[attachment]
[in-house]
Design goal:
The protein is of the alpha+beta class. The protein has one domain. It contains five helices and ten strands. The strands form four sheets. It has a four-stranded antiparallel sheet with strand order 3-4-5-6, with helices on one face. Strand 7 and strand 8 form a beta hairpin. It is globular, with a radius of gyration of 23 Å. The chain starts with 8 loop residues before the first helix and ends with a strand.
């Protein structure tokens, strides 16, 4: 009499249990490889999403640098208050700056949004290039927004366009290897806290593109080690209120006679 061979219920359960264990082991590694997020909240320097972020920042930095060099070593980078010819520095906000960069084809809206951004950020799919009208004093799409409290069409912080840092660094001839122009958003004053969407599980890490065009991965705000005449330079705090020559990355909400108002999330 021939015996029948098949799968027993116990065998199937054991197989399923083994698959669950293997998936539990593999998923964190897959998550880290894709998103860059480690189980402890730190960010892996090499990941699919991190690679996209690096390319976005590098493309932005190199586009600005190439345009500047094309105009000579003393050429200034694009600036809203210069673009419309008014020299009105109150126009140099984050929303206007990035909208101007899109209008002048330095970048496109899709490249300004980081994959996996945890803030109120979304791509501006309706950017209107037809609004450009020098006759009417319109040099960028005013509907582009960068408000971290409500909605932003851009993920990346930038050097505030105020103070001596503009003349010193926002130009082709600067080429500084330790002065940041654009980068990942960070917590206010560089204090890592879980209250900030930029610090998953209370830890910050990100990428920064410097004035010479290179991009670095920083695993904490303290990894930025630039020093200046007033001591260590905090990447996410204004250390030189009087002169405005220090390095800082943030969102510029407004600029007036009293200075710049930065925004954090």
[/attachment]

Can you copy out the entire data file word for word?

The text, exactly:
[in-house]
Design goal:
The protein is of the alpha+beta class. The protein has one domain. It contains five helices and ten strands. The strands form four sheets. It has a four-stranded antiparallel sheet with strand order 3-4-5-6, with helices on one face. Strand 7 and strand 8 form a beta hairpin. It is globular, with a radius of gyration of 23 Å. The chain starts with 8 loop residues before the first helix and ends with a strand.
């Protein structure tokens, strides 16, 4: 009499249990490889999403640098208050700056949004290039927004366009290897806290593109080690209120006679 061979219920359960264990082991590694997020909240320097972020920042930095060099070593980078010819520095906000960069084809809206951004950020799919009208004093799409409290069409912080840092660094001839122009958003004053969407599980890490065009991965705000005449330079705090020559990355909400108002999330 021939015996029948098949799968027993116990065998199937054991197989399923083994698959669950293997998936539990593999998923964190897959998550880290894709998103860059480690189980402890730190960010892996090499990941699919991190690679996209690096390319976005590098493309932005190199586009600005190439345009500047094309105009000579003393050429200034694009600036809203210069673009419309008014020299009105109150126009140099984050929303206007990035909208101007899109209008002048330095970048496109899709490249300004980081994959996996945890803030109120979304791509501006309706950017209107037809609004450009020098006759009417319109040099960028005013509907582009960068408000971290409500909605932003851009993920990346930038050097505030105020103070001596503009003349010193926002130009082709600067080429500084330790002065940041654009980068990942960070917590206010560089204090890592879980209250900030930029610090998953209370830890910050990100990428920064410097004035010479290179991009670095920083695993904490303290990894930025630039020093200046007033001591260590905090990447996410204004250390030189009087002169405005220090390095800082943030969102510029407004600029007036009293200075710049930065925004954090």